Museum of the Imperial Palace of Manchukuo

The Museum of the Imperial Palace of Manchukuo is a museum in Changchun of Jilin Province in northeast China. From 1932 to 1945, it once served as the residence of China's last emperor Puyi and the head office of puppet Manchukuo set up by the Japanese Army intruding into the Northeast of China.

In 1931, Japanese overran the Northeast of China and forcibly colonized three provinces in that area. In order to bring the region under their control they created the Manchu State (1932-1945) and set up Puyi, the last Emperor of the Qing Dynasty (1644-1911), as its nominal head of state. However, he was merely a puppet ruler answerable to the Japanese Amy. An imperial palace was then established in Changchun from where Puyi held court under the direction of his Japanese masters. Finally, in 1945, the Second World War was brought to an end and the Japanese surrendered to China. At the same time, the Manchukuo ceased to exist and Puyi returned to the status of an ordinary citizen.


Now Puyi has long been dead and the past is past and although the Imperial Palace suffered a certain amount of damage in 1945, most of the buildings and facilities are still safe and sound. In 1962, the Museum of the Imperial Palace of Manchukuo was restored on the old site located on the Guangfu Road of Changchun City. Now the protected part is 137,000 square meters (33.85 acres), and the exhibition area covers 47,000 square meters (11.61 acres).

The exhibits in the Museum of the Imperial Palace of Manchukuo have been set up in three sections: a display relating to the colonial state; a subject exhibition and finally, a display illustrating the daily lives of the Emperor and his concubines. Amongst the collection of important relics, there is a carpet from Jingren Palace in the Chinese Forbidden City, documents signed by Puyi and so on. The entire palace is surrounded by high walls, and there are about ten buildings in it. The main part of the palace is divided into two sections - the outer palace and the inner palace. This was where the emperor managed the puppet state and held ceremonies and includes Qinmin Mansion, Huaiyuan Mansion and Jiale Palace. Besides, there are other places of amusement in the outer palace, such as the garden, artificial hills, swimming pool and the horse race course. The inner palace was occupied by the Emperor and his concubines. For instance, the Emperor Puyi and the Empress Wan Rong once resided in Jixi mansion. The Museum of the Imperial Palace of Manchukuo is also a research center dealing with the history of the Japanese invasion of China and the Manchu State. In a sense, this museum provides excellent patriotic education.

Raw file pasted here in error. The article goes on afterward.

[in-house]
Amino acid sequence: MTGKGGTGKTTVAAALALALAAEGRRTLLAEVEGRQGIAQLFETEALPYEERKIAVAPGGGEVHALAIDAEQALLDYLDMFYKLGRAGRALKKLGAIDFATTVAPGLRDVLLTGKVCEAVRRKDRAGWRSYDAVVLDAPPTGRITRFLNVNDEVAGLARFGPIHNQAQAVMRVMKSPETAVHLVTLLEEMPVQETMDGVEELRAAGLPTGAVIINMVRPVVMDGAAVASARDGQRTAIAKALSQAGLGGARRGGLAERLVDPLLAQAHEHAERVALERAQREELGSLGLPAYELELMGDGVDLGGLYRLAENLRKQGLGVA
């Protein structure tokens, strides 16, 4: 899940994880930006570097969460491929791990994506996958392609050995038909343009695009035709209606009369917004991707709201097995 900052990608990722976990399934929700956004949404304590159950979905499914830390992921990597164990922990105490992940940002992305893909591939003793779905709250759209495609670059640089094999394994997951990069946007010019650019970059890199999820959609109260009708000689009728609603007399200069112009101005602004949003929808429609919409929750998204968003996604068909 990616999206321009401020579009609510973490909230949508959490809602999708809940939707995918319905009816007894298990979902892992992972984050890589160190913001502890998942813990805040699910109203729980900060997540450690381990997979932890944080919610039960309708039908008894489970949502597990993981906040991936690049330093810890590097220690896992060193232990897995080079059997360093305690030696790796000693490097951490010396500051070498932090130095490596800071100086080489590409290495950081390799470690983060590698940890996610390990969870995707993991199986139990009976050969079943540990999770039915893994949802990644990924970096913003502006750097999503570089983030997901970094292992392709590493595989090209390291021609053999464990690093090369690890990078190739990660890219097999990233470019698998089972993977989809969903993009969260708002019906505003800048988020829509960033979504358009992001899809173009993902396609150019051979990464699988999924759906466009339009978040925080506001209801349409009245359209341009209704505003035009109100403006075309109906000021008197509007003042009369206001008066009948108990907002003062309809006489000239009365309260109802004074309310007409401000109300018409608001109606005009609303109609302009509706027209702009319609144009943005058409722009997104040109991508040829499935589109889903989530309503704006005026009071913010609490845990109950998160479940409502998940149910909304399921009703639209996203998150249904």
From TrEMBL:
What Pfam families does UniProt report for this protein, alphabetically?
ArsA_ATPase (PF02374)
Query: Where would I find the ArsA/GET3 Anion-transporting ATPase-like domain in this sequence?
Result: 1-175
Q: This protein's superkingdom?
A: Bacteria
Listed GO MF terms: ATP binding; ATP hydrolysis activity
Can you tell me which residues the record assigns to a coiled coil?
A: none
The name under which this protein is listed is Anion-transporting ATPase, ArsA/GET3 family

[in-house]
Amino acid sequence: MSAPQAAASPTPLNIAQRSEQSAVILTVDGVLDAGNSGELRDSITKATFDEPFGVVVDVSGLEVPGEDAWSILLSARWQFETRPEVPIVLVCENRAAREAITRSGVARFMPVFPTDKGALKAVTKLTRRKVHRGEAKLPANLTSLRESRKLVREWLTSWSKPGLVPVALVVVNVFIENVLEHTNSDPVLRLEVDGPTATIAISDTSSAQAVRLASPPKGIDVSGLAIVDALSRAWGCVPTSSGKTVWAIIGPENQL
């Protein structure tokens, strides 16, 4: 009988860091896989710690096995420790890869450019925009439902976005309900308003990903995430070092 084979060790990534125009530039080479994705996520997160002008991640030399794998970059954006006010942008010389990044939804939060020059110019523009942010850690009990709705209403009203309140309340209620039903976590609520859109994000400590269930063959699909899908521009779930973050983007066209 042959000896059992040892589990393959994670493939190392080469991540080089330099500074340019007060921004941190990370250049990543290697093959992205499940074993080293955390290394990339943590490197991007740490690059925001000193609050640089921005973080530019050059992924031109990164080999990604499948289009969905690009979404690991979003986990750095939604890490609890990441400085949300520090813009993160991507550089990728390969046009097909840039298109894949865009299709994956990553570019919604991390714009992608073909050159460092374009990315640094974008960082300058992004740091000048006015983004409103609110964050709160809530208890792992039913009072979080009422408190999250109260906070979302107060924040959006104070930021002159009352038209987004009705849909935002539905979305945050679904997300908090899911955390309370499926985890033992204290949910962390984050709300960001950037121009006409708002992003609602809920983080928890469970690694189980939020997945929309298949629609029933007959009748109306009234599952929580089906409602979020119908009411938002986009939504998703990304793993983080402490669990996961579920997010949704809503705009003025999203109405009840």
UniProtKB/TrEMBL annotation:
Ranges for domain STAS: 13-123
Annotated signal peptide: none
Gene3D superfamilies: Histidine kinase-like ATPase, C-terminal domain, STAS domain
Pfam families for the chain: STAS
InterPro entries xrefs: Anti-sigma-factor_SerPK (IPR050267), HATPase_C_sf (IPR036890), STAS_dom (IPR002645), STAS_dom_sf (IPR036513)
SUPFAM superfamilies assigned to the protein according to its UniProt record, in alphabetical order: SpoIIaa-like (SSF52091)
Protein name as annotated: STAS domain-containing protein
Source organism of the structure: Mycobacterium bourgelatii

In a word, the Museum of the Imperial Palace of Manchukuo enables the visitor to gain a clear understanding of the Manchu State and for anyone who is interested in Chinese history a visit here is extremely worthwhile.

Tips:

The museum provides audio guides which are of particular benefit to Westerners. The rental charge is CNY 40.
 

How to get to Museum of the Imperial Palace of Manchukuo

1. Take Subway Line 4 to Museum of the Imperial Palace of Manchukuo directly.
2. Take Bus 264 to Wei Man Huang Gong (Museum of the Imperial Palace of Manchukuo).
3. Take Bus 10, 131, 141, 168, 275, or 276 to Shi Qi Shi Zhong Xue and then walk south for 3 minutes to the museum.
 
Entrance Fee CNY 70;
Free for children under 1.3m (4.3 feet).
Opening Hours May - Oct. 7: 8:30 - 17:20;
Oct. 8 - Apr.: 8:30 - 16:50;
Ticket selling stops 70 minutes earlier.
- Last modified on Mar. 12, 2019 -
Questions & Answers on Museum of the Imperial Palace of Manchukuo
Asked by Daniel from SPAIN | Mar. 11, 2019 01:58Reply
Hello, this Museum of the Imperial Palace of Manchukuo is opened on Mondays? Thanks
Answers (1)
Answered by Eleanora from AUSTRALIA | Mar. 12, 2019 23:20
00Reply


Yes, this museum opens on Mondays.
Asked by Mr.Molly | May. 25, 2009 04:51Reply
A good place to understand the history
Answers (1)
Answered by Mrs.Sonnerup from SWEDEN | Jul. 22, 2010 04:14
00Reply


I liked my visit to the palace too, however I was very surpriced when I met a local old guy who lived during the Japanese rule. In the WWII, most nations tried to defend themselves against Germans in Europe, because they wanted. In Manchuria, old people miissed the time, when Japan had the power. Acording to him, life for him and his family were far better during the Japanese rule, than later under the Chinese communist rule! His family had enough food to eat and his siblings could enjoy good educations with real contents.
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